Looks as if the unlicensed insurance scandal — that’s right, the one that got me sued for defamation earlier this year — isn’t over yet.
Remember Revelex, the Boca Raton, Fla.-based online booking company whose name came up a time or two during the Palm
Florida’s campaign to stop unlicensed travel insurance appears to be at a crossroads. State regulators yesterday sent a two-count notice
I wanted to take a moment to say “thank you” for the support I’ve gotten from lawyers in the blogosphere after being hit with a frivolous defamation lawsuit from a Florida travel agency earlier this year.
Florida regulators today filed a revised notice of intent to issue a cease and desist order against Legendary Journeys, a Sarasota, Fla., travel agency, as part of its investigation into Prime Travel Protection. It appears to be the state’s biggest action against a single company, with 17 counts and half a million dollars in outstanding claims, according to a government report.
A fresh round of public records released by the state of Florida’s Department of Financial Service this morning reveals a “medal count” of complaints against travel agencies alleged to have sold illegal travel insurance, as well as the number of claims and their estimated value.
Looks like Palm Coast Travel has company. Florida regulators have filed charges against three more travel agencies as part of their expanding probe of unlicensed insurance offered through defunct Prime Travel Protection.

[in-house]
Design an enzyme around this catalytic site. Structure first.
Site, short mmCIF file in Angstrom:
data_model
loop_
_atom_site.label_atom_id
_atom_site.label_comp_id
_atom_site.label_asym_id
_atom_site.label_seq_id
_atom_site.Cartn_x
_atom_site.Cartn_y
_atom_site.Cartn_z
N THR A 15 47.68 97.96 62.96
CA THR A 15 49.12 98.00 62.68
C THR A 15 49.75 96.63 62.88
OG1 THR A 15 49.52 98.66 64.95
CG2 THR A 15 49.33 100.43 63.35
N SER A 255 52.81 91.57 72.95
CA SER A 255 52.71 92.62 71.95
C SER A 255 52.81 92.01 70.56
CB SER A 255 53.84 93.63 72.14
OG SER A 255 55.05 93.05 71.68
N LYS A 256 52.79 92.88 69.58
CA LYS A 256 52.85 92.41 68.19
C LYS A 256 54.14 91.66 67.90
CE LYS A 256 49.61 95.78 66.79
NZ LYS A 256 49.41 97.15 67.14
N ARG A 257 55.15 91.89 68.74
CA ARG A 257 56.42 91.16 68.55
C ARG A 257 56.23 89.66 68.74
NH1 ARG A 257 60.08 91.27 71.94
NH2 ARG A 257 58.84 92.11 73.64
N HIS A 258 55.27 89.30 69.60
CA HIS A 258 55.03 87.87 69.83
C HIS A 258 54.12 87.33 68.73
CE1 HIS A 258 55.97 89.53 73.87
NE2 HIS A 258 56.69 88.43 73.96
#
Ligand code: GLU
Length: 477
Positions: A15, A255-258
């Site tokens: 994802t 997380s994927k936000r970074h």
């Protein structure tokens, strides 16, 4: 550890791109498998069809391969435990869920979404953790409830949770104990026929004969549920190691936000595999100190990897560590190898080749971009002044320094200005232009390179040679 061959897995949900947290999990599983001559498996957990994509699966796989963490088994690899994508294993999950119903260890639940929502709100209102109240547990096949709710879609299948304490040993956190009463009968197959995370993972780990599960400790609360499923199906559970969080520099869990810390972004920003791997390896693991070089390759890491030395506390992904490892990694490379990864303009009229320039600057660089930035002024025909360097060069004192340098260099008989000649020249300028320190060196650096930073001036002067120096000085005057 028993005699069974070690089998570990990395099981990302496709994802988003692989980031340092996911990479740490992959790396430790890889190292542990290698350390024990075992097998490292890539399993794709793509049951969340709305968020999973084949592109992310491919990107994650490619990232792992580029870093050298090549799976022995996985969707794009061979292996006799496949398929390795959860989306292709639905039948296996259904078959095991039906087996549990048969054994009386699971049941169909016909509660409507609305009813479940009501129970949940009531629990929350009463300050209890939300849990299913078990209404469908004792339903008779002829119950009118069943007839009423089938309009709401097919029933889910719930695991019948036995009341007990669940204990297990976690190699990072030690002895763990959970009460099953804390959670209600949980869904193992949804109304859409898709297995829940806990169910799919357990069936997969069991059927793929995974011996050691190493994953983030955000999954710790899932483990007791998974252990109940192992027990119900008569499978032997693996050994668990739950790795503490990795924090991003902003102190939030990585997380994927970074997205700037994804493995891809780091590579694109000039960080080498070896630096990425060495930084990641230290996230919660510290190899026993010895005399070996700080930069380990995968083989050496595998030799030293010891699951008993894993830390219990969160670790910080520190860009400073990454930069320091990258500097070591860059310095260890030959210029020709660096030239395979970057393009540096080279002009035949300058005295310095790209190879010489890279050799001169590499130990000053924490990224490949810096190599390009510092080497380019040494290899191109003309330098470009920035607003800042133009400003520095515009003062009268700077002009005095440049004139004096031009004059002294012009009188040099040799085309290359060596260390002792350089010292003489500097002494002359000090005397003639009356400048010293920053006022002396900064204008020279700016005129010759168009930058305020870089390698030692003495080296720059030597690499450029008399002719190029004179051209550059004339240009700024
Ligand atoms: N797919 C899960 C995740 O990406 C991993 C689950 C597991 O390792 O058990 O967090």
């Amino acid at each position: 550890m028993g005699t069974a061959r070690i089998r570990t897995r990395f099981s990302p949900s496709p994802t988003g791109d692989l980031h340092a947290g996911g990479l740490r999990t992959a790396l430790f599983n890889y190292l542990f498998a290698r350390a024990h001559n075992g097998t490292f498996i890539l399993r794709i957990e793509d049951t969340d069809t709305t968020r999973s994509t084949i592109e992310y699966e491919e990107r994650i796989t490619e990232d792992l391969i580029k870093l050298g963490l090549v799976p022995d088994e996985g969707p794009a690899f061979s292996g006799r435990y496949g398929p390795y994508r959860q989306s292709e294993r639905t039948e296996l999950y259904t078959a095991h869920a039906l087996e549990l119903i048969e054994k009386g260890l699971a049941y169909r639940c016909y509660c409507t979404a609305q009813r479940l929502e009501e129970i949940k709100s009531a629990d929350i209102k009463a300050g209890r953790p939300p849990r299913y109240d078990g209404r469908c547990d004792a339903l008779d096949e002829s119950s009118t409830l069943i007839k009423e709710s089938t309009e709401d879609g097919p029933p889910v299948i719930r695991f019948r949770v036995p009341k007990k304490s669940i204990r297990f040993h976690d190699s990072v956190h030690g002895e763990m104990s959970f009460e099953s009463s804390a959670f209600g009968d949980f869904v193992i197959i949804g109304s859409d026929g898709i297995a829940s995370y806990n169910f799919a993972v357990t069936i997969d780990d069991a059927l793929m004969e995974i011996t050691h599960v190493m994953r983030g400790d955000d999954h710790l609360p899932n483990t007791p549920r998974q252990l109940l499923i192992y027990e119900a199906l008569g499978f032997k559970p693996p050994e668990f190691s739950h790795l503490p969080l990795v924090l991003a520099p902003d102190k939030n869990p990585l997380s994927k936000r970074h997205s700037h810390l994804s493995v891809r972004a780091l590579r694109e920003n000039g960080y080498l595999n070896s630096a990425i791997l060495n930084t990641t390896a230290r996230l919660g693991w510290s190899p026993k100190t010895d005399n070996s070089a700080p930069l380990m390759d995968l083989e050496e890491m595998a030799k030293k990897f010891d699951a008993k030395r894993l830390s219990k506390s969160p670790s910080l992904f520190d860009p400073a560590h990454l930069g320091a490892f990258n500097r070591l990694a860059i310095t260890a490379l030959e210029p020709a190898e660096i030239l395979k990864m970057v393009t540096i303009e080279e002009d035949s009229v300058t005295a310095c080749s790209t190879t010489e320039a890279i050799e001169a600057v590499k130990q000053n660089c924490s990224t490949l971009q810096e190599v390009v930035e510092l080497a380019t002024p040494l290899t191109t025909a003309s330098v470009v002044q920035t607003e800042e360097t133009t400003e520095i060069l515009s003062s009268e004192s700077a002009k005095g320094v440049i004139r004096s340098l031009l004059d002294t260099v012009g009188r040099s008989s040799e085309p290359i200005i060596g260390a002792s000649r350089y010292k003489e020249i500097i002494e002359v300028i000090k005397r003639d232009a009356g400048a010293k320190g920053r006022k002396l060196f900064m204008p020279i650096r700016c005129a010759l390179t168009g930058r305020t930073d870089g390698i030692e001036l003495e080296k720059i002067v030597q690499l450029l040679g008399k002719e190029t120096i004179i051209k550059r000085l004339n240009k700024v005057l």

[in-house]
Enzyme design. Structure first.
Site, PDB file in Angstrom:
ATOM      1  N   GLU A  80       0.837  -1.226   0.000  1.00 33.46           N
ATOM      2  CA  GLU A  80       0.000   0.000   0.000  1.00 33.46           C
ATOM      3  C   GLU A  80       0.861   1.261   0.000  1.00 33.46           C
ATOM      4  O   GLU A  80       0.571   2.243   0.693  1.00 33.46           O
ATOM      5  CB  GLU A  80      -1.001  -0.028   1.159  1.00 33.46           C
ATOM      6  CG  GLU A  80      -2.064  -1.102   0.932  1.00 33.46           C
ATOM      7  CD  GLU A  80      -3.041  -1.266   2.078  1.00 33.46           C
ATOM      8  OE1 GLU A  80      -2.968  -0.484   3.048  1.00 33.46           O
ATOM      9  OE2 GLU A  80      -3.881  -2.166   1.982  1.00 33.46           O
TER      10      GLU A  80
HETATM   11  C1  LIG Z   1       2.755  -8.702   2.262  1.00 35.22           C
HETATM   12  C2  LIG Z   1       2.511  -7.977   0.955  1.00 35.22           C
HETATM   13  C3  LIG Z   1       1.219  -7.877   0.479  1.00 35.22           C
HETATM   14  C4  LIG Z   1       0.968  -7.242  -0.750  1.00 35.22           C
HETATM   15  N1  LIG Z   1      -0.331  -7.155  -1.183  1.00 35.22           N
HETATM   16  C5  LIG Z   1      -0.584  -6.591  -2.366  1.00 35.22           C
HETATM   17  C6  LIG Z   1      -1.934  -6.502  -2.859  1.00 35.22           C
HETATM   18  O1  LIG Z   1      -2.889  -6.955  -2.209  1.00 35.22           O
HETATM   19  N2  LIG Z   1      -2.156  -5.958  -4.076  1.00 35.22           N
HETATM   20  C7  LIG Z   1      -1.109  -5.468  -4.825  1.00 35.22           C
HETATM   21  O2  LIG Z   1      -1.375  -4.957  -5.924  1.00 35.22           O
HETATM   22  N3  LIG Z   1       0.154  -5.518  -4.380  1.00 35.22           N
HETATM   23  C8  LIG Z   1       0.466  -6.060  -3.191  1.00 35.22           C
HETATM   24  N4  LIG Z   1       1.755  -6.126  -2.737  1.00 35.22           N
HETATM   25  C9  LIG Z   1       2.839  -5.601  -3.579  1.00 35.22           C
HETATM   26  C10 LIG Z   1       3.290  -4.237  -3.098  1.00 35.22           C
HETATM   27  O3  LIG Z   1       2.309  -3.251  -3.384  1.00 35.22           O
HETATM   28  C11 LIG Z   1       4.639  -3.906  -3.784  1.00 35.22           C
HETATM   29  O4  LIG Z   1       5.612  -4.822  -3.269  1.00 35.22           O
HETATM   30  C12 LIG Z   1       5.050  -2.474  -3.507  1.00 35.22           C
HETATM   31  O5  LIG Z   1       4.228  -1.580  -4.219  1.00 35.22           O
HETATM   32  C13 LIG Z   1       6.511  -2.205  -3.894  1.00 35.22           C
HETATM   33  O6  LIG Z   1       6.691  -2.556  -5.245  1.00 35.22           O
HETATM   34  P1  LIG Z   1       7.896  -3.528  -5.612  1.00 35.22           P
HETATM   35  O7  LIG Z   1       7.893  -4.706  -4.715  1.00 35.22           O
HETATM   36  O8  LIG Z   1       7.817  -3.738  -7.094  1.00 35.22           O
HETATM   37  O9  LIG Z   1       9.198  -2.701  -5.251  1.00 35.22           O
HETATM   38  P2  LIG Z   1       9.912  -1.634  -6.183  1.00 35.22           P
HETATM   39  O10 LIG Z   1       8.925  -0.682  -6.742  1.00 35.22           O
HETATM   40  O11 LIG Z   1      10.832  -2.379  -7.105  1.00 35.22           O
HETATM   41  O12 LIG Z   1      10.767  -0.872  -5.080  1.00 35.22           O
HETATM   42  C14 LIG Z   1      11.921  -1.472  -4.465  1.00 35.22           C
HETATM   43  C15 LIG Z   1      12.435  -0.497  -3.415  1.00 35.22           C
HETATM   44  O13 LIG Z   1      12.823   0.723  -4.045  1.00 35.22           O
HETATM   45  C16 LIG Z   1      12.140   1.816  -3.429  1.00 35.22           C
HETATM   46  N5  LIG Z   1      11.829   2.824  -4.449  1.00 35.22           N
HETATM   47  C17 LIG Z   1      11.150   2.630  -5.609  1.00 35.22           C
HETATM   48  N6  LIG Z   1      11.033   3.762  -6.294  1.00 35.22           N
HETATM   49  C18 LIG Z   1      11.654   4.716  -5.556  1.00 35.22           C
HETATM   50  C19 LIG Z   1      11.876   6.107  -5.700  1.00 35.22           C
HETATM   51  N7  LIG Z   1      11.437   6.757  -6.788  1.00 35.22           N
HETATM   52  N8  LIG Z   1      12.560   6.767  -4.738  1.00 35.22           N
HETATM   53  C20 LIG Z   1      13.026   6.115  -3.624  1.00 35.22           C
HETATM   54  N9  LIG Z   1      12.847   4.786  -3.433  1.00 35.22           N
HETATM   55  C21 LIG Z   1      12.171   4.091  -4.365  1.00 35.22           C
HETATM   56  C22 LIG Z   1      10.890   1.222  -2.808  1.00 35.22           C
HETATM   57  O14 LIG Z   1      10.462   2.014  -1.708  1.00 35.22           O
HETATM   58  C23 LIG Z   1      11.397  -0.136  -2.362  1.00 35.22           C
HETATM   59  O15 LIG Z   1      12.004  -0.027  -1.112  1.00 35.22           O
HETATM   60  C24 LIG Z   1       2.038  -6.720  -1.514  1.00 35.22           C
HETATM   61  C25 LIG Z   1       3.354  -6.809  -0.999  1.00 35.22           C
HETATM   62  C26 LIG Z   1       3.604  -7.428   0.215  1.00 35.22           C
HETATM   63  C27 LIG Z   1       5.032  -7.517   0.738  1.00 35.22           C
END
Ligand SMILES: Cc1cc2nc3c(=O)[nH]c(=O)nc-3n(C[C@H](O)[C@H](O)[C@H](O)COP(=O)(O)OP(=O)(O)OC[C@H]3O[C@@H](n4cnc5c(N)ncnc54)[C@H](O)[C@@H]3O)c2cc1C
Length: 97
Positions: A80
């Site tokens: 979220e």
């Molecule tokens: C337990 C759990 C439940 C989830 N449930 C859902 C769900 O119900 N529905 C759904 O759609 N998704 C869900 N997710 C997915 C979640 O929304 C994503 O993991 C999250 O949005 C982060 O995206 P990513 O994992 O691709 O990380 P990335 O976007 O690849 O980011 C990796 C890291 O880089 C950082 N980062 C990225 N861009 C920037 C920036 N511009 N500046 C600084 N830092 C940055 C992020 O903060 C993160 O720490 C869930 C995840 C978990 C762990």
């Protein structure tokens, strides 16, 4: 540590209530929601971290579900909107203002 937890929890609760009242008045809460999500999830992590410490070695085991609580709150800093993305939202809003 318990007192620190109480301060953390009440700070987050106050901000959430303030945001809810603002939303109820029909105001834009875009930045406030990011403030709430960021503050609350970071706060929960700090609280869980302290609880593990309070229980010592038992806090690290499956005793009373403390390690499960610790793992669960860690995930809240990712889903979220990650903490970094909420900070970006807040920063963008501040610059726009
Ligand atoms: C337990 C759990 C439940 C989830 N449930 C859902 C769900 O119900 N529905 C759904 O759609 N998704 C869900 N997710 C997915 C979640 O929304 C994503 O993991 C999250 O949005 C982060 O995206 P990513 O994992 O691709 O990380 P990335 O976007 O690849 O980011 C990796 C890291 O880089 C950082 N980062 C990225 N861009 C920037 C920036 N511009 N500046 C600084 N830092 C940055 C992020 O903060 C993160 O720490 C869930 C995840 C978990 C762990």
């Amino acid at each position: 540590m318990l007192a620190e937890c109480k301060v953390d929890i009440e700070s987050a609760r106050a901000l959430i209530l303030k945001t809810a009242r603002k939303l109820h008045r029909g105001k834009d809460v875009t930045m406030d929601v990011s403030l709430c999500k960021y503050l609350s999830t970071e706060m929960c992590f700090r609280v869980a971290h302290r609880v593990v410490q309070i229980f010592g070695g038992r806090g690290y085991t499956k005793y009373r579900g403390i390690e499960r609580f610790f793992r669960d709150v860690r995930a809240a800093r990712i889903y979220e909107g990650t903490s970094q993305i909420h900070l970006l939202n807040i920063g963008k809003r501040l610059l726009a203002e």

As I reported last week, Palm Coast Travel and its companies, including Smartcruiser.com, are headed to a hearing with a Florida administrative law judge to determine if it sold unlicensed travel insurance. This is an important story, because fake “trip protection” policies are known to have been sold to people across the country for years, potentially costing travelers millions of dollars in lost vacations.
Only a few weeks ago, Palm Coast Travel, one of three large travel agencies the state of Florida last year alleged had sold unlicensed insurance, seemed to have everything going for it. The state’s investigation into its activities appeared to have hit a dead end. The company, which runs the site Smartcruiser.com, had sued one of its customers and me in an effort to silence its critics. And it was issuing an average of one press release a week, touting its Better Business Bureau rating and obsession with customer service. But late last week, in an unexpected twist, Florida regulators filed an amended notice of intent to issue a cease and desist order with more detailed charges against Lake Worth, Fla.-based Smolinski and Associates, Inc., which, in addition to doing business as Palm Coast Travel and Smartcruiser.com, also operates under the name Smart Travel Group, Smart Cruiser Holdings and Tripsmart. Any way you read the latest allegations, it’s clear that Florida’s Department of Financial Services has no intention of letting this case fade away. (Here’s the first notice, for comparison purposes.)
Here we go again.
Remember the Prime Travel Protection scandal? You know, the one involving fraudulent insurance policies, scores of denied claims and an investigation by state regulators?
Remember Prime Travel protection, the Colorado travel insurance company that shut down amid allegations it sold unlicensed policies? Turns out it’s not dead yet.